It was less than a second, maybe half a second, but it changed everything. I don’t know how to explain it. It happened so fast and at the same time it took forever. It was almost like magic, but not in a good sort of way.
I was reaching for the coffee and there was a noise. Just a small noise, but it was enough to catch my attention so I turned to see what it was, and there it stood. Small and furry, the mouse sat on the shelf staring at me as if it was contemplating the meaning of life. I suppose it was. I had never seen a mouse like this. The white fur was dotted with brown splotches, much like a pinto pony. And the ears were not so much round as they were shaped like a spade. The tail was swishing back and forth along the metal shelf, slowly, almost hypnotizing. Like a cat who was ready to pounce, using its tail as a countdown to the final lunge. But those eyes. There was too much intelligence in those eyes for a small mouse.
Slowly lowering my hand, I kept my eyes on the creature as I stepped away from the shelves. Looking away seemed like not a very good idea. Part of me thought it would disappear in a cloud of smoke, another part of me prayed it would. But it stayed on that shelf, its eyes following me, its tail slowly swishing back and forth.
Then it jumped.
With a little scream, I slammed into the shelves behind me, knocking boxes and cans off that crashed to the floor. Before my unbelieving eyes as the mouse fell it began to grow. Those small little legs stretching to the floor, the little nose elongating, the eyes growing, the ears and tail lengthening. When the hooves hit the tile floor with a clatter, yes hooves, a pinto pony stood before me. My hand to my chest as I gulped in air, desperately trying to calm my pounding heart, I stared into those large brown eyes and saw the same intelligence that the mouse had.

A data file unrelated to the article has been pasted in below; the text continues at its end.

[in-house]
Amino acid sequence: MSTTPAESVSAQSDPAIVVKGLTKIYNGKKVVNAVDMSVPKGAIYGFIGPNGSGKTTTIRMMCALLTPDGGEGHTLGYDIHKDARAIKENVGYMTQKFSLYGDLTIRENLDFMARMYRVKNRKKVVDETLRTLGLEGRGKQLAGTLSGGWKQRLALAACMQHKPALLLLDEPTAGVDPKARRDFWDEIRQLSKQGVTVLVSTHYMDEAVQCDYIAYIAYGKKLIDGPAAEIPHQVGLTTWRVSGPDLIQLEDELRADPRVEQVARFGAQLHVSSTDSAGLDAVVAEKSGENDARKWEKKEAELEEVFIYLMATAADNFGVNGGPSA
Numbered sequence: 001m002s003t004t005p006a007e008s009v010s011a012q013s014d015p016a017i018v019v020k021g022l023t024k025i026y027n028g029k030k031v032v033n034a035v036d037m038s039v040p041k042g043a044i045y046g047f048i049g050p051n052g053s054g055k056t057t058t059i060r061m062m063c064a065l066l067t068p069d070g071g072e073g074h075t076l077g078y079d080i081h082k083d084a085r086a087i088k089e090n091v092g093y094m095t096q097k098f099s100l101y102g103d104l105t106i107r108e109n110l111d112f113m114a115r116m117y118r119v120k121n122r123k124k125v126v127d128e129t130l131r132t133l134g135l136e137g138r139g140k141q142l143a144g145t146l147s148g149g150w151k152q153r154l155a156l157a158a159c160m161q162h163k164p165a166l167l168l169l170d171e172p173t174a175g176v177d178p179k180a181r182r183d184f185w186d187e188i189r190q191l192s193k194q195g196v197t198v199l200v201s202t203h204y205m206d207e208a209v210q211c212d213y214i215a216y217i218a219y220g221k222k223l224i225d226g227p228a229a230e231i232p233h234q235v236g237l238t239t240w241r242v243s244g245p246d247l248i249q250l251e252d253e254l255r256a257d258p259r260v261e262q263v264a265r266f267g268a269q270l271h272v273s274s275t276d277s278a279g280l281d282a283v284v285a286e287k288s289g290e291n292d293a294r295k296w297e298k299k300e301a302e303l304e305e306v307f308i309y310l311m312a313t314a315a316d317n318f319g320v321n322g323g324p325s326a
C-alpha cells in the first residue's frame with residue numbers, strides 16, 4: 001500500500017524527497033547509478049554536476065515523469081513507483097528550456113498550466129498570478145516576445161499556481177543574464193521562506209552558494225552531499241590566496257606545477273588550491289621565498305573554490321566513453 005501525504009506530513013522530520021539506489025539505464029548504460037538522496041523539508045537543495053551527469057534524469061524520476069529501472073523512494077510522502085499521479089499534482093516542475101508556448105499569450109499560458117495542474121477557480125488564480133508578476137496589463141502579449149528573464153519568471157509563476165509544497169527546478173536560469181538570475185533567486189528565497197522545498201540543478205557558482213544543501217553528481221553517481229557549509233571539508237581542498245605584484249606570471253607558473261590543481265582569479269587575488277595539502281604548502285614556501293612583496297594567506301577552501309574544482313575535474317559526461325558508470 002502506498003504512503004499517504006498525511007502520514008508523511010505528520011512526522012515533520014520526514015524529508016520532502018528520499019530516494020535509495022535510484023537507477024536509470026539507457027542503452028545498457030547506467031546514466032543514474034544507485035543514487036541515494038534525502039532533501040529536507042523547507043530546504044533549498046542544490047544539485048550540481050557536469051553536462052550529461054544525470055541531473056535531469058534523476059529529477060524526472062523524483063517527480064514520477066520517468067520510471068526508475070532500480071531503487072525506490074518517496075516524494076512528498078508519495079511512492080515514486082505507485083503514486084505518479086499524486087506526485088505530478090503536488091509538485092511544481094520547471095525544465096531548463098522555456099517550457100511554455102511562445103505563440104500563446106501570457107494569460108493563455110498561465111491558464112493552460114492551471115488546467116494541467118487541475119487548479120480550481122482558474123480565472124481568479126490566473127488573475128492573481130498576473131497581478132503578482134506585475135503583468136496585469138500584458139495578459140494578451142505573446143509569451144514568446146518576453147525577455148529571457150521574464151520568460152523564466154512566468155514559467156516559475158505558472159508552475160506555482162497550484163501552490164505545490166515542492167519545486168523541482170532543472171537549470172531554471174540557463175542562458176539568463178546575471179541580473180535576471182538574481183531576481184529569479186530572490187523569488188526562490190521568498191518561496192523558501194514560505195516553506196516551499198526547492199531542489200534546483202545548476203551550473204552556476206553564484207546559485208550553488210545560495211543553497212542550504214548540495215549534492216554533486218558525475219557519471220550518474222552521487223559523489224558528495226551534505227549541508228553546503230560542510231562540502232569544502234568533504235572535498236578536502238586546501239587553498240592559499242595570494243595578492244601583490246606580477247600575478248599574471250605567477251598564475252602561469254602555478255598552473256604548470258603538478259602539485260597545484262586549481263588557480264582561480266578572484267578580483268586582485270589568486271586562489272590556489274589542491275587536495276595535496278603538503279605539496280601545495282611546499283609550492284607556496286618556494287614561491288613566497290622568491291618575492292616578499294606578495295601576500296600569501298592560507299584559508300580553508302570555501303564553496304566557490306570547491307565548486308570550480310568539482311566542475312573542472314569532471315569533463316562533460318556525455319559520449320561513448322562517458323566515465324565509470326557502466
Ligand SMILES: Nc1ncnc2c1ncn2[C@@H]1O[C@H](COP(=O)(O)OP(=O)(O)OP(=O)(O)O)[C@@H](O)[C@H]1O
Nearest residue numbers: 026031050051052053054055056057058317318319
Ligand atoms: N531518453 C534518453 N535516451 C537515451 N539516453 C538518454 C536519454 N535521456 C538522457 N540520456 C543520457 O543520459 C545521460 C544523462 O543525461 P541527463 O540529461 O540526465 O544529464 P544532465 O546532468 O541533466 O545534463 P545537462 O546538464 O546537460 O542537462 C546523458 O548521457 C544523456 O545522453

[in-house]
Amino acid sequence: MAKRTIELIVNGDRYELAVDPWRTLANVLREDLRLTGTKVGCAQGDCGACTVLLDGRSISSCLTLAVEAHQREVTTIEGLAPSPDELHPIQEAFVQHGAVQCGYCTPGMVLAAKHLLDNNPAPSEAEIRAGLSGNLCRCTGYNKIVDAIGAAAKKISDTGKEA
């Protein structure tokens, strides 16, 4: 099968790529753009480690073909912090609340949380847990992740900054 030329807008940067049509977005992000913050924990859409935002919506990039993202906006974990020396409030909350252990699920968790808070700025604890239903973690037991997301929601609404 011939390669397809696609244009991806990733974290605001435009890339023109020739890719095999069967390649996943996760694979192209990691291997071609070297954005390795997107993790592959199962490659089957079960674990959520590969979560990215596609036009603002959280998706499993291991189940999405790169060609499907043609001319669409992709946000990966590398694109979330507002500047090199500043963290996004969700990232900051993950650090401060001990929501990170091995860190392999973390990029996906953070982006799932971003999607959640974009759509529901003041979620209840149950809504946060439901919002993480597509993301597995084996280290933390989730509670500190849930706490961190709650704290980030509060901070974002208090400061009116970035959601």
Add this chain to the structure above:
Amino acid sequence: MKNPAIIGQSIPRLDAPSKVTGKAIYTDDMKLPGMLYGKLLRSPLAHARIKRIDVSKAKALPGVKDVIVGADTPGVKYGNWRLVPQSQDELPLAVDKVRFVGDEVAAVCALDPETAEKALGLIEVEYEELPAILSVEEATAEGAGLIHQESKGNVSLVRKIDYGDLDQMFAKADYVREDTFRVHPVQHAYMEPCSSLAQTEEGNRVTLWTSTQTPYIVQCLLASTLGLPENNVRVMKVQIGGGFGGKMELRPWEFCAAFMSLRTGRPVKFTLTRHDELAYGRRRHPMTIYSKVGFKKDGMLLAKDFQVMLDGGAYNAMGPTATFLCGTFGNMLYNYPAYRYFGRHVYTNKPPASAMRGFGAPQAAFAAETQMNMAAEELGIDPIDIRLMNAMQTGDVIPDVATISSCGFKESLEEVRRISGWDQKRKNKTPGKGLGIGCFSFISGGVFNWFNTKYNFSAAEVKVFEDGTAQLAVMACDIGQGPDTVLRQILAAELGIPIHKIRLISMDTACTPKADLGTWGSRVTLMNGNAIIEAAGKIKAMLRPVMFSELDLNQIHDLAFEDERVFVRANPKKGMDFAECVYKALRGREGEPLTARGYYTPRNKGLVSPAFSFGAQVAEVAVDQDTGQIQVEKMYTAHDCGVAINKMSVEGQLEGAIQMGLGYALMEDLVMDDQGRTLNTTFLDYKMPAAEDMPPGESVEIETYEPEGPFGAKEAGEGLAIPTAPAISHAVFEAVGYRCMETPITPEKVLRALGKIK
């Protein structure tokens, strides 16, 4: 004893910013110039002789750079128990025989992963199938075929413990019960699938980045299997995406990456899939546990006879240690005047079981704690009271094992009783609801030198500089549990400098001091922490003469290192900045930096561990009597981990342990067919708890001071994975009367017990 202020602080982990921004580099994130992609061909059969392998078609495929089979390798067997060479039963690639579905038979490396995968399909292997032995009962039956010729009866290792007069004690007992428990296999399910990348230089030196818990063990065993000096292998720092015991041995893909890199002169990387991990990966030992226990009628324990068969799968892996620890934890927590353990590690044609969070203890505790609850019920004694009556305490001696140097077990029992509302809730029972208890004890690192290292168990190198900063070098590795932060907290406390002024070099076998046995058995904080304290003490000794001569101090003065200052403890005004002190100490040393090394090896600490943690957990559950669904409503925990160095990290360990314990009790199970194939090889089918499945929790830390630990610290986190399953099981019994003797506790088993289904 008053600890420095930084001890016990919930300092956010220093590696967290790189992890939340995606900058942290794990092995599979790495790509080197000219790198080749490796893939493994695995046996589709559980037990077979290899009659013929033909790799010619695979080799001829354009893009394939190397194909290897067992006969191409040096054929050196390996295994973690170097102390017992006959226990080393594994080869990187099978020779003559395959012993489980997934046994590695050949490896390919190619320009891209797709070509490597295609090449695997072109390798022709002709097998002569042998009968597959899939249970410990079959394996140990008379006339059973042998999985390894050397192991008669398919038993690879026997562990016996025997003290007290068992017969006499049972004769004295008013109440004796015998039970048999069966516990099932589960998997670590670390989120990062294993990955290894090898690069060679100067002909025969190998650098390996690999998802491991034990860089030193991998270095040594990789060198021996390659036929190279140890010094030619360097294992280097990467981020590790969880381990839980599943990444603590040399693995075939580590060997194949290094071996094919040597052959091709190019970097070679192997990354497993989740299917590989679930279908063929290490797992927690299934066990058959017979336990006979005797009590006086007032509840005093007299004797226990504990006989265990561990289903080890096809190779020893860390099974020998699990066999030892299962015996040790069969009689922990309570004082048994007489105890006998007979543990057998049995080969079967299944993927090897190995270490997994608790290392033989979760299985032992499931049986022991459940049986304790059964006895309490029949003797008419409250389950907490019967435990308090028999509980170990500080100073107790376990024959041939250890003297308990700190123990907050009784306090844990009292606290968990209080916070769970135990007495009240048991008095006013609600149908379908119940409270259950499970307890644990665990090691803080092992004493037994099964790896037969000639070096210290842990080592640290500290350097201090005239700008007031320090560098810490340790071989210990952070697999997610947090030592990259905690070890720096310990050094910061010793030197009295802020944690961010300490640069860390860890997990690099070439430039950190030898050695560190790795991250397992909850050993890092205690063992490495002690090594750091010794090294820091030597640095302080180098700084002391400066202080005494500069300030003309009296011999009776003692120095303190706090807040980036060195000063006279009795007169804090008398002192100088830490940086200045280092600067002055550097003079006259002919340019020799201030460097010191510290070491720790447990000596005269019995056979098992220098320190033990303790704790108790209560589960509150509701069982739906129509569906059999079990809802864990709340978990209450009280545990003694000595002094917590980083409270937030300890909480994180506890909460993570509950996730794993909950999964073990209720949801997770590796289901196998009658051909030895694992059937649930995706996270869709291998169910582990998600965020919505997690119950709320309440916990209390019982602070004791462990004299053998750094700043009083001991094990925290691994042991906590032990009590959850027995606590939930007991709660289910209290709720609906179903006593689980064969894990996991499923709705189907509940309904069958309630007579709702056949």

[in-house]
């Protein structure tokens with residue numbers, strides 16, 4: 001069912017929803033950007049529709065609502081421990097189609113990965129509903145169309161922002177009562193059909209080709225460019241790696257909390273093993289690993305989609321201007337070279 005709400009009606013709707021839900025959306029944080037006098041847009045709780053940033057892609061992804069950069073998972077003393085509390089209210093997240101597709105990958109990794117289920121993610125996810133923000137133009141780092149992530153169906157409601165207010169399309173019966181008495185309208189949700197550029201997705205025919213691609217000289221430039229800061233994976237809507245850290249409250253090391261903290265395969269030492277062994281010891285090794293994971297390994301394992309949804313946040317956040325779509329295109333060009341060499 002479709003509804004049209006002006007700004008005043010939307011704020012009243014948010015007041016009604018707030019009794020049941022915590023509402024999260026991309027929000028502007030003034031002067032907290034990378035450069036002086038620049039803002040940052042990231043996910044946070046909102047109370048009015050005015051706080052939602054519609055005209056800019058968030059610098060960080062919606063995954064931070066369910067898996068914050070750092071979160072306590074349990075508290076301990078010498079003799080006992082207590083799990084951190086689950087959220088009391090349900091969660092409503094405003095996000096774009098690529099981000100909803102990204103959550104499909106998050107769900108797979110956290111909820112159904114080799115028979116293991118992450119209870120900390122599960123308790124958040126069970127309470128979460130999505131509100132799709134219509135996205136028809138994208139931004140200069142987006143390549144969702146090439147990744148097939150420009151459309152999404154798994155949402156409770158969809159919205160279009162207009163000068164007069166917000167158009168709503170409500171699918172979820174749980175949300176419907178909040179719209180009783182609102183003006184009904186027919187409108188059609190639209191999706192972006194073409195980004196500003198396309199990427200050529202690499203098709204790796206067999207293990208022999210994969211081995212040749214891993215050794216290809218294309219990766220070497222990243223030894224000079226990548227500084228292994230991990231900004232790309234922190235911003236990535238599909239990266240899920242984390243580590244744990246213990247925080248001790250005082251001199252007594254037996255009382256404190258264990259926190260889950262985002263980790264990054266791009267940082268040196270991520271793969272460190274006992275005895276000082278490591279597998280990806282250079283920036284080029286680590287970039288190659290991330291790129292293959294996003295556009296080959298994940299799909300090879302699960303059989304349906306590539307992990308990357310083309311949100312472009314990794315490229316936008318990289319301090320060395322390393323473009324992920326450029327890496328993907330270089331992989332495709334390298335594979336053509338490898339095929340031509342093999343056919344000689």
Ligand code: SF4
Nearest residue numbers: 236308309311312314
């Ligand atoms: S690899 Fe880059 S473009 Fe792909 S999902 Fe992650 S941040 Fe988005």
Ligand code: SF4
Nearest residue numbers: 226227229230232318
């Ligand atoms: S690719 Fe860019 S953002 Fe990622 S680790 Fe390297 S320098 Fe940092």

How? Why? What the hell?
The now horse stood proud and strong, its eyes never wavering from me, its ears stock still as its tail swished slowly back and forth as it did before when it was a mouse. Suddenly I realized it wanted something from me. What that was I had no idea. So we stared at each other, neither one moving except for me gasping for air and that damn tail swishing back and forth, back and forth.
Realizing that the thing did not mean me any harm, I slowly relaxed. Gently pushing myself from the shelves, a few more boxes falling behind me the only noise in the building that seemed as loud as boulders crashing down a mountainside, I stood on my own two feet. Unsure I would not be bitten; I reached out to the nose of the horse and placed my hand before the nose, a gesture of peace. Snorting, it nuzzled my hand. I grew bolder, running my hand up its nose to its ears. When it turned its head, pushing my hand, I smiled and obliged by scratching behind the ears.
“What do you want from me,” I mused.
Nickering, it shook its head and looked at its back.
“You want me to ride you?”
The vigorous nodding told me yes.
“I see,” I replied none too sure.
When it stomped its foot and snorted, I decided it was not going to take no for an answer. Looking down one side of the isle then the other, I realized that we were alone. That was strange since the parking lot of the store was completely full when I arrived. The pony snorted again.
“Impatient, aren’t we.”
Butting me with its head, it snorted again, this time stamping its foot on the tile floor.
“I must be mad,” I muttered shaking my head.
Taking a deep breath, I moved down the horse and took a hold of its main. After a quick thought, I bent down to see which sex the horse was.
“Male, huh. Explains the impatient part.” I could have sworn he rolled his eyes. “I don’t have to go with you, you know,” I snapped.
The look that horse gave me told me that I really had no choice in the matter, and to get on.
“Fine,” I sighed irritably.
With the ease of someone who had lived around horses all her life, I jumped onto his back. Once I was settled I asked, “Now what?”
It was a question that would forever haunt me, because what happened in that next second changed my life forever.
Copyright 2016 Heidi Barnes
This is from a prompt on Kellie Elmore’s website Magic in the Backyard.